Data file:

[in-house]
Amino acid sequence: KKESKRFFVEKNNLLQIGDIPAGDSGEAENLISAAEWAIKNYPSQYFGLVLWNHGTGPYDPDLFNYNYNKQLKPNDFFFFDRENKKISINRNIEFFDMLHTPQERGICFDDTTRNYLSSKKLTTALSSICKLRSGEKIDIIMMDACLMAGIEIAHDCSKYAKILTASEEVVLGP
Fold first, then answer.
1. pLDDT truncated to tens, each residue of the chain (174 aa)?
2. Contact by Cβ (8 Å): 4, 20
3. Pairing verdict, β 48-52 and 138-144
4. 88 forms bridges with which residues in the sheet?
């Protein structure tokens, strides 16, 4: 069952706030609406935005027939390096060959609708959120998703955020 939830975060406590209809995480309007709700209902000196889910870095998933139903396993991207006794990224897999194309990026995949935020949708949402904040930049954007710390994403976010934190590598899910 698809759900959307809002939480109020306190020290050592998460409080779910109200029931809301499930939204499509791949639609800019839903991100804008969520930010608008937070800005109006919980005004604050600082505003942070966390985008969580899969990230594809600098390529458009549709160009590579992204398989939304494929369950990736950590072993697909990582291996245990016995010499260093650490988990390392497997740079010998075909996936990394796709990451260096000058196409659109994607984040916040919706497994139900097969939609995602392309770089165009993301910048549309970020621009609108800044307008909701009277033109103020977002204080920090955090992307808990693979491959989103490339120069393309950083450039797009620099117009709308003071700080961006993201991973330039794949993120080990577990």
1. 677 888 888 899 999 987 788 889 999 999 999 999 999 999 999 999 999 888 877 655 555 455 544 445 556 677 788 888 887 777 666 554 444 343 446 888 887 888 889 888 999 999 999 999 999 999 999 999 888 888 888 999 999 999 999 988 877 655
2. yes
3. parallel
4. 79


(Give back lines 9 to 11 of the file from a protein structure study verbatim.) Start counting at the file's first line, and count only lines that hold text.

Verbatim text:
1. 677 888 888 899 999 987 788 889 999 999 999 999 999 999 999 999 999 888 877 655 555 455 544 445 556 677 788 888 887 777 666 554 444 343 446 888 887 888 889 888 999 999 999 999 999 999 999 999 888 888 888 999 999 999 999 988 877 655
2. yes
3. parallel